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Check It Out

Courier Article by David Locker
Sunday, April 11, 2004

Former Nun's Spiritual Journey Has Signposts for All

Recently I heard an interview with author Karen Armstrong on NPR's "Fresh Air." She is one of the world's foremost experts on comparative religion.

She was saying how during her seven years as a nun and seven years after leaving the convent, she had suffered from epileptic attacks that were incorrectly diagnosed as nervous hysteria. Finally getting the right diagnosis and medication had been a liberating experience for her.I was intrigued and immediately checked out her new book, The Spiral Staircase, from the library.

The Spiral Staircase: My Climb out of Darkness by Karen Armstrong (Knopf, 2004).

This is one of the best books that I have read in a long time. Armstrong's sequel to her first autobiographical book about her years as an enclosed nun is not only clearly and beautifully written, it is also important.

Armstrong did not escape from the convent unscathed. She was broken and damaged by the experience. Somehow she managed to excel academically at Oxford while suffering from anorexia and undiagnosed epilepsy. Just as she had submitted to the authority of her superiors in the convent, she put her life in the hands of psychiatrists who did nothing to help her.

One of the few bright spots during these years was her duty as a caretaker to an autistic boy and her interaction with his family. She lived in his house with his parents, who were both Oxford professors. Not only did she absorb affection from this household, she also picked up their disdainful attitude toward religion. They thought religious people were bonkers. But that did not stop them from allowing their autistic son to be baptized. They could see that religion worked for him.

After leaving Oxford, Armstrong taught high school English for six years and then discovered she had a gift for narrating television documentaries. Because she was an ex-nun, she found herself working on religious programming. Her work in religious media and later publishing reawakened her thirst for the intense spiritual experiences of her youth, and it became part of her search for God.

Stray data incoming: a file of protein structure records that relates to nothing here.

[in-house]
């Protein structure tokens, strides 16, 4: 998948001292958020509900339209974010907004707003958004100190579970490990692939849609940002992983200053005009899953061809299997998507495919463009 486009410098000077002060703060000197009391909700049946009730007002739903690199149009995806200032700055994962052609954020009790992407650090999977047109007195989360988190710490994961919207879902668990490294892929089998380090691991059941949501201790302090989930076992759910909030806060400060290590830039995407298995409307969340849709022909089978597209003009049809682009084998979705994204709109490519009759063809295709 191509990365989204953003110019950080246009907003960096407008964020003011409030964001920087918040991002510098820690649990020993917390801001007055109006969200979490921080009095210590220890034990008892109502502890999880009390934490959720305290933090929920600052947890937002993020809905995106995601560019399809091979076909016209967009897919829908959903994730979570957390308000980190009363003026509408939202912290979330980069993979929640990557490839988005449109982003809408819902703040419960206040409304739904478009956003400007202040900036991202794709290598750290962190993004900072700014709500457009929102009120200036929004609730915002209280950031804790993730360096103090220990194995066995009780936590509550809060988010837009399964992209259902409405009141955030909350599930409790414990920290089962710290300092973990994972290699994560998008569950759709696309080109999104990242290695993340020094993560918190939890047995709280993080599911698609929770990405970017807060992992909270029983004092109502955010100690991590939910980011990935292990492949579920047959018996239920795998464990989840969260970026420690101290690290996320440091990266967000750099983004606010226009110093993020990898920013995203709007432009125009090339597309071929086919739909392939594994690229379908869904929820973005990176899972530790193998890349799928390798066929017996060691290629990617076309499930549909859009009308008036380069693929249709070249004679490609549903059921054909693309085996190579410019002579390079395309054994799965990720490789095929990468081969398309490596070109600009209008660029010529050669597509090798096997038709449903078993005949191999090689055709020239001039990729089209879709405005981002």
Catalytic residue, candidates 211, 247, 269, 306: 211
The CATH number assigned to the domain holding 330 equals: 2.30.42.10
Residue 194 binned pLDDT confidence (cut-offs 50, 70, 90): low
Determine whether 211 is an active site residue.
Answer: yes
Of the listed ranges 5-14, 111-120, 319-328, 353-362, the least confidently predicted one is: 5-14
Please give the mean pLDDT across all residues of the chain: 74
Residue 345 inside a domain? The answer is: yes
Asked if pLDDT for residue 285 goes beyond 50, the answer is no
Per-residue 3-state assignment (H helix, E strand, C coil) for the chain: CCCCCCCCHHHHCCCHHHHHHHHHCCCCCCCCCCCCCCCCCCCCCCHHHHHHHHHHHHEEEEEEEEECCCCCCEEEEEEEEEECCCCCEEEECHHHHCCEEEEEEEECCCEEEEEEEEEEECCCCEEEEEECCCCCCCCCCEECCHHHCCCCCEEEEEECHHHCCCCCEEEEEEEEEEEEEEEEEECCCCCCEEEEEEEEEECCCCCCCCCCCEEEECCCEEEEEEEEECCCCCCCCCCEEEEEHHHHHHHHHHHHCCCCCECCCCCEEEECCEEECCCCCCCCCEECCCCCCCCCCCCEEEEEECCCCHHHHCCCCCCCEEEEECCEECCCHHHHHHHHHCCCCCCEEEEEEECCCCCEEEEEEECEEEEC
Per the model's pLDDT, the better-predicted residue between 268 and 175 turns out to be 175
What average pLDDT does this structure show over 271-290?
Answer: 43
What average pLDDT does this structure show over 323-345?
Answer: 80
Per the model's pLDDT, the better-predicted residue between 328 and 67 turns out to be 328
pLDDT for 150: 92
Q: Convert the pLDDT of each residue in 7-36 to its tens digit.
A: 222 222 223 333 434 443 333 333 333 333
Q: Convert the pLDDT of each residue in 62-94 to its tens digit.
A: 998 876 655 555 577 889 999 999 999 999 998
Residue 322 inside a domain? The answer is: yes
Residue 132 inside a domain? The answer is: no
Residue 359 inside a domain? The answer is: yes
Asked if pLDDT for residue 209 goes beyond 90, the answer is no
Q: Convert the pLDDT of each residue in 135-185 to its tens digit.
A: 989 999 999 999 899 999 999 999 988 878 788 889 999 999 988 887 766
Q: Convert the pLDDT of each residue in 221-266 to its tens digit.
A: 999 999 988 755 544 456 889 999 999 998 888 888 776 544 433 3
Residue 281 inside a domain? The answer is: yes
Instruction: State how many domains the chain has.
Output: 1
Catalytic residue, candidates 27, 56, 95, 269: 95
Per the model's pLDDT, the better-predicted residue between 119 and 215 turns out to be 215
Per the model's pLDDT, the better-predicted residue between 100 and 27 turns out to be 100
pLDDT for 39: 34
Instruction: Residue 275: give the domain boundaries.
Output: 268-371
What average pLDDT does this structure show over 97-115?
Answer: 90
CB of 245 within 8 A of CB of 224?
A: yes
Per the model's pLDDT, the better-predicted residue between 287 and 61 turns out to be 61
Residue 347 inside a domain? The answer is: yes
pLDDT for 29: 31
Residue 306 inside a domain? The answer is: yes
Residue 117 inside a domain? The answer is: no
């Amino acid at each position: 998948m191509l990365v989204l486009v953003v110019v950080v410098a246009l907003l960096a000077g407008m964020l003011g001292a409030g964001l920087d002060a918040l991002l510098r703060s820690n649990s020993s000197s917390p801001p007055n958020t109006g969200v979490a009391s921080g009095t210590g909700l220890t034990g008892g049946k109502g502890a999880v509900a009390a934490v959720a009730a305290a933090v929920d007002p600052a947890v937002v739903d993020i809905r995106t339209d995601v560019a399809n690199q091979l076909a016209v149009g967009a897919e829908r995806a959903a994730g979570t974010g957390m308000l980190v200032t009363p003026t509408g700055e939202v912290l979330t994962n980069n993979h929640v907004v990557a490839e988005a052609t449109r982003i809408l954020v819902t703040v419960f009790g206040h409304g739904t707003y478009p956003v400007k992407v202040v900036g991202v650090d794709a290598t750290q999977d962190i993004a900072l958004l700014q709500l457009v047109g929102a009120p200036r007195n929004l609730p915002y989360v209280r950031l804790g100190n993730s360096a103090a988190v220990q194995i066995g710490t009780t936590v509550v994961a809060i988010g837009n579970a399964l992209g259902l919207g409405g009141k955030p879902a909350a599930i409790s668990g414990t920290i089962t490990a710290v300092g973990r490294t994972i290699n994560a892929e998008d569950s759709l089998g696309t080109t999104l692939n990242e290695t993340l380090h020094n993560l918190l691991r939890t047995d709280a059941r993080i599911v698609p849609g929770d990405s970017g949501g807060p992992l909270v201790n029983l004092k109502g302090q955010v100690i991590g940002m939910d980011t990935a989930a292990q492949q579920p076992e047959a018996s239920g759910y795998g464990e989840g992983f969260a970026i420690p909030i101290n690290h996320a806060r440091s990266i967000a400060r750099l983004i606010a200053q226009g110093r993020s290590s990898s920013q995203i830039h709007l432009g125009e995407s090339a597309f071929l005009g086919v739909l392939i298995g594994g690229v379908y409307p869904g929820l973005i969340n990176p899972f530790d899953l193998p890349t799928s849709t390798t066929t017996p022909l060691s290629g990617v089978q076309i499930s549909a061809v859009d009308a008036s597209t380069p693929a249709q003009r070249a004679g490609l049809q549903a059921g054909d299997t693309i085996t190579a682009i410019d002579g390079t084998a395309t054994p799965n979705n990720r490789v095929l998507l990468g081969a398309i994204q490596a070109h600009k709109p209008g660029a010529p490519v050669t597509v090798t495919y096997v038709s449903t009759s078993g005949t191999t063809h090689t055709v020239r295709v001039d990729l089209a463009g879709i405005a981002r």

Through the Narrow Gate: A Memoir of Spiritual Discovery by Karen Armstrong (St. Martin's, 1981).

In her first book, the only spiritual discovery Armstrong made was that God did not seem to care about her at all. Yet the author does not allow bitterness to invade her book. She allows us to experience the joys and intensity of convent life alongside her. She did not want to stop being a nun but was forced to by her health. Being a nun was bad for her.

Armstrong had entered the convent just before the reforms of Vatican II, and her superiors were slow to adopt the new ways. Her superiors come across as sadistic and cold, which was the whole problem with the convent. No one was allowed any personal feelings.

A History of God by Karen Armstrong (Knopf, 1993).

Armstrong has written many books on religion, but this one is probably the best. She began the book as an atheist and ended it a mystic.

The big insight of the book is that faith is not a set of intellectual beliefs but is a set of practices that work. Faith enhances one's life and changes you into a compassionate person. Only with faith can one become fully human. To undertake the spiritual journey, one must take his own path, acknowledge his own pain, and feel compassionate for the pain of others.

For Armstrong, Muhammad, Jesus and the prophets are icons of fulfilled being. God is the mysterious and awesome source of reality, beyond the comprehension of the human mind. She demonstrates that all three monotheistic religions have startling similarities. Armstrong's gift is assimilating and presenting vast amounts of information in a readable and interesting fashion.

Armstrong continues to live alone with her books and writing. She has come to realize that she will always be a nun after all.

David Locker is a librarian with the Evansville-Vanderburgh Public Library. The opinions expressed in this column are personal and do not reflect policies or official recommendations of EVPL.